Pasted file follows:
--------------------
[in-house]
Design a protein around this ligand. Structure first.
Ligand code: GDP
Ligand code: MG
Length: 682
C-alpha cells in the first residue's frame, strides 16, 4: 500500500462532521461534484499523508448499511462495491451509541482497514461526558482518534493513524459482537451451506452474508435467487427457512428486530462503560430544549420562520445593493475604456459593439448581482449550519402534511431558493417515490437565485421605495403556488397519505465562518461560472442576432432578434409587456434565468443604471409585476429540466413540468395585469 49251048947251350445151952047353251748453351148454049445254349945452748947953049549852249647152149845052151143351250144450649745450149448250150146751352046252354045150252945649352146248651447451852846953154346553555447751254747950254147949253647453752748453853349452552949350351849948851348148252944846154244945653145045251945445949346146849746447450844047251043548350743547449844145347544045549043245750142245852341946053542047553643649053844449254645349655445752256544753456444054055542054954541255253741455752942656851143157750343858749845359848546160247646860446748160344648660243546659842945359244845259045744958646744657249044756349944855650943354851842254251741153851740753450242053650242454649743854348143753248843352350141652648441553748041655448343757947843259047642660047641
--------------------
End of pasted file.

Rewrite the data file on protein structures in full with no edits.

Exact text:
[in-house]
Design a protein around this ligand. Structure first.
Ligand code: GDP
Ligand code: MG
Length: 682
C-alpha cells in the first residue's frame, strides 16, 4: 500500500462532521461534484499523508448499511462495491451509541482497514461526558482518534493513524459482537451451506452474508435467487427457512428486530462503560430544549420562520445593493475604456459593439448581482449550519402534511431558493417515490437565485421605495403556488397519505465562518461560472442576432432578434409587456434565468443604471409585476429540466413540468395585469 49251048947251350445151952047353251748453351148454049445254349945452748947953049549852249647152149845052151143351250144450649745450149448250150146751352046252354045150252945649352146248651447451852846953154346553555447751254747950254147949253647453752748453853349452552949350351849948851348148252944846154244945653145045251945445949346146849746447450844047251043548350743547449844145347544045549043245750142245852341946053542047553643649053844449254645349655445752256544753456444054055542054954541255253741455752942656851143157750343858749845359848546160247646860446748160344648660243546659842945359244845259045744958646744657249044756349944855650943354851842254251741153851740753450242053650242454649743854348143753248843352350141652648441553748041655448343757947843259047642660047641